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  1. #1
    Fat to LBM akh_hi123's Avatar
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    Small micro tears in muscle tissue?

    How many sets/reps is considered to be best and effective to cause small micro tears in muscle tissue?

    My main concern: How to make sure that i am breaking my muscle tissue at Gym?
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  2. #2
    braahhhh? leppa's Avatar
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    its usually the last 2-3 reps that tear your muscle...so when you are struggling...just do a few more and it should burn/hurt
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    SEO 10k/day Baker19's Avatar
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    Originally Posted by leppa View Post
    its usually the last 2-3 reps that tear your muscle...so when you are struggling...just do a few more and it should burn/hurt
    You tear on every rep or else everyone would be able to lift anything for any amount of reps.
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  4. #4
    Fat to LBM akh_hi123's Avatar
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    So are we tearing muscles even on the warm up set?
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    braahhhh? leppa's Avatar
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    i dunno about the warm up set...
    but if your doing concentration curls, you can do like...8 reps...and it wont do ****..its the last few reps that tears the muscle
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    Originally Posted by akh_hi123 View Post
    So are we tearing muscles even on the warm up set?
    You are definitely not just doing "warm up" if you're causing major "tears". Some people never warm-up and still get away with it though.
    "Non-conformists are actually conformists themselves, of a different kind"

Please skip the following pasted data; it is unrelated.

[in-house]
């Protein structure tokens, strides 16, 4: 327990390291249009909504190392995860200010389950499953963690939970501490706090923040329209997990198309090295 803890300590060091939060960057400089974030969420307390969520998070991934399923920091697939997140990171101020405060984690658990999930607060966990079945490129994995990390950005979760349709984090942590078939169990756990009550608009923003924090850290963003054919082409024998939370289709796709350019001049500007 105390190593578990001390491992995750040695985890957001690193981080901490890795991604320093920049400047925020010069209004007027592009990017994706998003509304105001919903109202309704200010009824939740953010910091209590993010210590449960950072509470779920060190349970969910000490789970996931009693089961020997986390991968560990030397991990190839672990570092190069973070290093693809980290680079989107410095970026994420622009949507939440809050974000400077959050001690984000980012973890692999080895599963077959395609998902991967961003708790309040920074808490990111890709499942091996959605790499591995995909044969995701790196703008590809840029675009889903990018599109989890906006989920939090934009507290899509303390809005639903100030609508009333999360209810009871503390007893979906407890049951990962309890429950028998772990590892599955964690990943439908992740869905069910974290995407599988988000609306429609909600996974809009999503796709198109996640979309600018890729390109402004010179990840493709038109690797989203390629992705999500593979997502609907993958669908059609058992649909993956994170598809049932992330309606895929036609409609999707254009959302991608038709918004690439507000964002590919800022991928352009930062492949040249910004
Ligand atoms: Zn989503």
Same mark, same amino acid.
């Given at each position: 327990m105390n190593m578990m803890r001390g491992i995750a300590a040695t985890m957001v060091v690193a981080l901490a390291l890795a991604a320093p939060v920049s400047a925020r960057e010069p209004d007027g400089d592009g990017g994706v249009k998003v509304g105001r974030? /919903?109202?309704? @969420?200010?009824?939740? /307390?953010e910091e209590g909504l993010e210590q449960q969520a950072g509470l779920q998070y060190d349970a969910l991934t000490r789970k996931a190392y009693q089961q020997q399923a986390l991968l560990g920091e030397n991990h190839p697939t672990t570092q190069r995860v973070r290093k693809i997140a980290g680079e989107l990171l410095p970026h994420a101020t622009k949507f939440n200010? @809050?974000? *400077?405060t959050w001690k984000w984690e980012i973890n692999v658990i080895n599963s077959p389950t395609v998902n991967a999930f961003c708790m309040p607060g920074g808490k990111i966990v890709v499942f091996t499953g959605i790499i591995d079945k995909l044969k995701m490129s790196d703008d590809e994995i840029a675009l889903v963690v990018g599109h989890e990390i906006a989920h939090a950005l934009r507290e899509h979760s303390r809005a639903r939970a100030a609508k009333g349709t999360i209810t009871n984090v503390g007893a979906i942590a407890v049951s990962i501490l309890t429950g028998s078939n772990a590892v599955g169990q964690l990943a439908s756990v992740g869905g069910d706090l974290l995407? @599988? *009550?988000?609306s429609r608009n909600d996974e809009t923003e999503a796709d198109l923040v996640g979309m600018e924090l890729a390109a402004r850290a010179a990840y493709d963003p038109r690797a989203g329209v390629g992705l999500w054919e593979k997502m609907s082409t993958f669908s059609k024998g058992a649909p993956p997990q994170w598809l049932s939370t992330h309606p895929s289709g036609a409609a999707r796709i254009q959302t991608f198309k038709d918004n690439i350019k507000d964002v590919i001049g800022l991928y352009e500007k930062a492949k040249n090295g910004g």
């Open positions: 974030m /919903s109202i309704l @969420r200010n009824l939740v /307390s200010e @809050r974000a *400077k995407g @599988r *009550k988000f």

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  7. #7
    elephant lol iliketodoit's Avatar
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    Originally Posted by akh_hi123 View Post
    So are we tearing muscles even on the warm up set?
    yes, because you cannot do your warmup weight for an infinite number of times.

    it's just not as effective as your working sets.
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    SEO 10k/day Baker19's Avatar
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    Originally Posted by iliketodoit View Post
    yes, because you cannot do your warmup weight for an infinite number of times.

    it's just not as effective as your working sets.
    Yup.
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    Registered User MENT4LSTRENGTH's Avatar
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    The majority of research shows that 1 set is as effective as multiple sets in stimulating strength and hypertrophy in skeletal muscle.
    Micro trauma results from muscle tension and is caused almost entirely from the eccentric(lowering) part of the lift.
    I think the crossbridges between actin and myosin filaments are torn during eccentric contraction.